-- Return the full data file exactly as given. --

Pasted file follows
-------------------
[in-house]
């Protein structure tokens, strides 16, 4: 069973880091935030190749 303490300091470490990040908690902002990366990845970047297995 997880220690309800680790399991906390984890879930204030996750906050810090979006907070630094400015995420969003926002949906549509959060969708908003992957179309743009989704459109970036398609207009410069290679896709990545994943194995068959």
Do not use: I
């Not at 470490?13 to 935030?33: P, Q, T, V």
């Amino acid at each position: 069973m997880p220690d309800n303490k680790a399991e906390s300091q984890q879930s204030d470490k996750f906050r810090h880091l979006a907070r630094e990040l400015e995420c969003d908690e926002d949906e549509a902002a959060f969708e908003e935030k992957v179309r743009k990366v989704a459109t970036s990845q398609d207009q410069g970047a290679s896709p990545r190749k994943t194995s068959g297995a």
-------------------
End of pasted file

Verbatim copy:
[in-house]
């Protein structure tokens, strides 16, 4: 069973880091935030190749 303490300091470490990040908690902002990366990845970047297995 997880220690309800680790399991906390984890879930204030996750906050810090979006907070630094400015995420969003926002949906549509959060969708908003992957179309743009989704459109970036398609207009410069290679896709990545994943194995068959």
Do not use: I
């Not at 470490?13 to 935030?33: P, Q, T, V």
């Amino acid at each position: 069973m997880p220690d309800n303490k680790a399991e906390s300091q984890q879930s204030d470490k996750f906050r810090h880091l979006a907070r630094e990040l400015e995420c969003d908690e926002d949906e549509a902002a959060f969708e908003e935030k992957v179309r743009k990366v989704a459109t970036s990845q398609d207009q410069g970047a290679s896709p990545r190749k994943t194995s068959g297995a």